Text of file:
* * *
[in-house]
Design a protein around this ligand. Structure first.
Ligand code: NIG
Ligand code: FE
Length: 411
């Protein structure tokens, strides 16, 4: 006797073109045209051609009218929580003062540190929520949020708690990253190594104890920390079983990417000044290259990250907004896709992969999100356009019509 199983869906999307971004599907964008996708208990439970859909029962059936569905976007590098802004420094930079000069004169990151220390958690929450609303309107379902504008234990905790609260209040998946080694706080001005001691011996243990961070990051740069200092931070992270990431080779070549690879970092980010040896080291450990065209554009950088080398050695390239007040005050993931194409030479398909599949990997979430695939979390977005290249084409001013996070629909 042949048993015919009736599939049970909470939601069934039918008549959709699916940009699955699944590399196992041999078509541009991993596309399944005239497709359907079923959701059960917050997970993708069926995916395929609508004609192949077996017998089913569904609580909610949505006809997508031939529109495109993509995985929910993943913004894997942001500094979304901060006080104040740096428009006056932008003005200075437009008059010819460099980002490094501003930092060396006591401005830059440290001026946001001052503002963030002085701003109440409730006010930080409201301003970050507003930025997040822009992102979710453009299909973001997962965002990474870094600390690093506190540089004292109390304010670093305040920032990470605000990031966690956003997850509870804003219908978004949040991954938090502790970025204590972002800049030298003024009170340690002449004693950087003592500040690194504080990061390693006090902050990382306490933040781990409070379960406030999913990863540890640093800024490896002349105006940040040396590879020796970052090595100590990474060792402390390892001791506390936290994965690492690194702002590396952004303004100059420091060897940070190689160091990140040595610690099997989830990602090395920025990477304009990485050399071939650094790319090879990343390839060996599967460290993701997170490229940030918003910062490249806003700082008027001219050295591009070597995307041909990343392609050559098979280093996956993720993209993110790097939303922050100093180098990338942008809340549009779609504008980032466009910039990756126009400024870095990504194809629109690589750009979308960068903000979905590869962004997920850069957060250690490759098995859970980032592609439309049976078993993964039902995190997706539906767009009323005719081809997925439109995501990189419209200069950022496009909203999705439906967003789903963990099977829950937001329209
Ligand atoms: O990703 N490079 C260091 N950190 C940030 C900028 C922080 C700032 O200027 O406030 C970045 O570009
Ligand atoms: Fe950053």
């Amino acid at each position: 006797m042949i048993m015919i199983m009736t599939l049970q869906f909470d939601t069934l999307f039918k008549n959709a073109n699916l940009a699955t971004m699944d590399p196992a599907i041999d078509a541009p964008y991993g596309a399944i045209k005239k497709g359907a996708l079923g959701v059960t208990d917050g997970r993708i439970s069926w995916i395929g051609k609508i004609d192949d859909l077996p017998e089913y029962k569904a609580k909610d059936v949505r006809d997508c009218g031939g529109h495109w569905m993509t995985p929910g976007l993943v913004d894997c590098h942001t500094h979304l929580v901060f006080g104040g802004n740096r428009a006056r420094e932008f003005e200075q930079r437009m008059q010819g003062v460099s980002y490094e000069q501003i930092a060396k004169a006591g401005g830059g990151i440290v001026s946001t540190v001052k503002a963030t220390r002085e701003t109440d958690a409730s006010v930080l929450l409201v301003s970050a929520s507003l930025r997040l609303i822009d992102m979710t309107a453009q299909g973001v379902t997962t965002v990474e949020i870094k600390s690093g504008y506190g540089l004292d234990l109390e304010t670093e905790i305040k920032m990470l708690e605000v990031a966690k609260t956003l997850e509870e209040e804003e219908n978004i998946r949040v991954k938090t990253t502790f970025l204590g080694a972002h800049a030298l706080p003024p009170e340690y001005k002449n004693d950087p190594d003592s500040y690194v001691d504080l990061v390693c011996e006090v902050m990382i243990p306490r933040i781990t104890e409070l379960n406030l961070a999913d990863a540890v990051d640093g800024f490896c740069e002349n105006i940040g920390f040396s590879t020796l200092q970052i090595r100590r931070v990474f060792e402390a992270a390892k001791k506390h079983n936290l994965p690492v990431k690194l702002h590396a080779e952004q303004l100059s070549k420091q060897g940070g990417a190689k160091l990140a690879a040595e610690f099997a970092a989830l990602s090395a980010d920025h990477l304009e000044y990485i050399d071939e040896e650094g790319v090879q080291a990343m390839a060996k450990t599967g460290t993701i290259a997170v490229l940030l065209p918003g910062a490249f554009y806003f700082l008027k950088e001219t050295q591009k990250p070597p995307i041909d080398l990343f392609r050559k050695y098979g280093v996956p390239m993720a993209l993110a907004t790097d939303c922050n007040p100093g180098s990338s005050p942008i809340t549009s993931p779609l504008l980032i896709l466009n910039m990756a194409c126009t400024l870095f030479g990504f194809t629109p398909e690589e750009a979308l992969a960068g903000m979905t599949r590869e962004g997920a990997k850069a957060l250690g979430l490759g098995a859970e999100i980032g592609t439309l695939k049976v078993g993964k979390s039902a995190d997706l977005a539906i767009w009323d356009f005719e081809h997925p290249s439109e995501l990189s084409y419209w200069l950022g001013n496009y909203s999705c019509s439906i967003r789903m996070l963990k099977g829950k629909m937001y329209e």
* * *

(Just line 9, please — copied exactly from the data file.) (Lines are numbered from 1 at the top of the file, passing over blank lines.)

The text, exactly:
């Amino acid at each position: 006797m042949i048993m015919i199983m009736t599939l049970q869906f909470d939601t069934l999307f039918k008549n959709a073109n699916l940009a699955t971004m699944d590399p196992a599907i041999d078509a541009p964008y991993g596309a399944i045209k005239k497709g359907a996708l079923g959701v059960t208990d917050g997970r993708i439970s069926w995916i395929g051609k609508i004609d192949d859909l077996p017998e089913y029962k569904a609580k909610d059936v949505r006809d997508c009218g031939g529109h495109w569905m993509t995985p929910g976007l993943v913004d894997c590098h942001t500094h979304l929580v901060f006080g104040g802004n740096r428009a006056r420094e932008f003005e200075q930079r437009m008059q010819g003062v460099s980002y490094e000069q501003i930092a060396k004169a006591g401005g830059g990151i440290v001026s946001t540190v001052k503002a963030t220390r002085e701003t109440d958690a409730s006010v930080l929450l409201v301003s970050a929520s507003l930025r997040l609303i822009d992102m979710t309107a453009q299909g973001v379902t997962t965002v990474e949020i870094k600390s690093g504008y506190g540089l004292d234990l109390e304010t670093e905790i305040k920032m990470l708690e605000v990031a966690k609260t956003l997850e509870e209040e804003e219908n978004i998946r949040v991954k938090t990253t502790f970025l204590g080694a972002h800049a030298l706080p003024p009170e340690y001005k002449n004693d950087p190594d003592s500040y690194v001691d504080l990061v390693c011996e006090v902050m990382i243990p306490r933040i781990t104890e409070l379960n406030l961070a999913d990863a540890v990051d640093g800024f490896c740069e002349n105006i940040g920390f040396s590879t020796l200092q970052i090595r100590r931070v990474f060792e402390a992270a390892k001791k506390h079983n936290l994965p690492v990431k690194l702002h590396a080779e952004q303004l100059s070549k420091q060897g940070g990417a190689k160091l990140a690879a040595e610690f099997a970092a989830l990602s090395a980010d920025h990477l304009e000044y990485i050399d071939e040896e650094g790319v090879q080291a990343m390839a060996k450990t599967g460290t993701i290259a997170v490229l940030l065209p918003g910062a490249f554009y806003f700082l008027k950088e001219t050295q591009k990250p070597p995307i041909d080398l990343f392609r050559k050695y098979g280093v996956p390239m993720a993209l993110a907004t790097d939303c922050n007040p100093g180098s990338s005050p942008i809340t549009s993931p779609l504008l980032i896709l466009n910039m990756a194409c126009t400024l870095f030479g990504f194809t629109p398909e690589e750009a979308l992969a960068g903000m979905t599949r590869e962004g997920a990997k850069a957060l250690g979430l490759g098995a859970e999100i980032g592609t439309l695939k049976v078993g993964k979390s039902a995190d997706l977005a539906i767009w009323d356009f005719e081809h997925p290249s439109e995501l990189s084409y419209w200069l950022g001013n496009y909203s999705c019509s439906i967003r789903m996070l963990k099977g829950k629909m937001y329209e």